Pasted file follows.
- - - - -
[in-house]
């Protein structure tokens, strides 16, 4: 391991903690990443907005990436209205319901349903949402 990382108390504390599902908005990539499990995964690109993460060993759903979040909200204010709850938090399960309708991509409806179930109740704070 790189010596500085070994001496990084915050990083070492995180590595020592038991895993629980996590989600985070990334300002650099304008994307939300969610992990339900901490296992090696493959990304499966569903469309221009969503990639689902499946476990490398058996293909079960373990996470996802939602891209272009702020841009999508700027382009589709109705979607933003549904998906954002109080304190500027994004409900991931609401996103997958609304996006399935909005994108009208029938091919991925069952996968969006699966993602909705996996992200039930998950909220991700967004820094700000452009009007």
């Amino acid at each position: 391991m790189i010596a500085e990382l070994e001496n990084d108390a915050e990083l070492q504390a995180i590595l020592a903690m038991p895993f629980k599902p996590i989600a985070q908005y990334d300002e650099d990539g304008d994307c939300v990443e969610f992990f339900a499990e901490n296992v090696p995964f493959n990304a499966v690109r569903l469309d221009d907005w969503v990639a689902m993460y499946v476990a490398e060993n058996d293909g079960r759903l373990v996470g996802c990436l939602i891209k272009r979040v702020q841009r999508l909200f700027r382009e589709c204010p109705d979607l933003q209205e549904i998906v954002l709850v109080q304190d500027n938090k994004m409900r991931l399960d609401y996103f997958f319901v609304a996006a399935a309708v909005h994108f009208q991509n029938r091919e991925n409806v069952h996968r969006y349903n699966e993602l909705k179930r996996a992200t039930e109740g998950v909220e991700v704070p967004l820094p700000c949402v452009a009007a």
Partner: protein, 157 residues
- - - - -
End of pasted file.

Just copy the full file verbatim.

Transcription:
[in-house]
């Protein structure tokens, strides 16, 4: 391991903690990443907005990436209205319901349903949402 990382108390504390599902908005990539499990995964690109993460060993759903979040909200204010709850938090399960309708991509409806179930109740704070 790189010596500085070994001496990084915050990083070492995180590595020592038991895993629980996590989600985070990334300002650099304008994307939300969610992990339900901490296992090696493959990304499966569903469309221009969503990639689902499946476990490398058996293909079960373990996470996802939602891209272009702020841009999508700027382009589709109705979607933003549904998906954002109080304190500027994004409900991931609401996103997958609304996006399935909005994108009208029938091919991925069952996968969006699966993602909705996996992200039930998950909220991700967004820094700000452009009007």
């Amino acid at each position: 391991m790189i010596a500085e990382l070994e001496n990084d108390a915050e990083l070492q504390a995180i590595l020592a903690m038991p895993f629980k599902p996590i989600a985070q908005y990334d300002e650099d990539g304008d994307c939300v990443e969610f992990f339900a499990e901490n296992v090696p995964f493959n990304a499966v690109r569903l469309d221009d907005w969503v990639a689902m993460y499946v476990a490398e060993n058996d293909g079960r759903l373990v996470g996802c990436l939602i891209k272009r979040v702020q841009r999508l909200f700027r382009e589709c204010p109705d979607l933003q209205e549904i998906v954002l709850v109080q304190d500027n938090k994004m409900r991931l399960d609401y996103f997958f319901v609304a996006a399935a309708v909005h994108f009208q991509n029938r091919e991925n409806v069952h996968r969006y349903n699966e993602l909705k179930r996996a992200t039930e109740g998950v909220e991700v704070p967004l820094p700000c949402v452009a009007a």
Partner: protein, 157 residues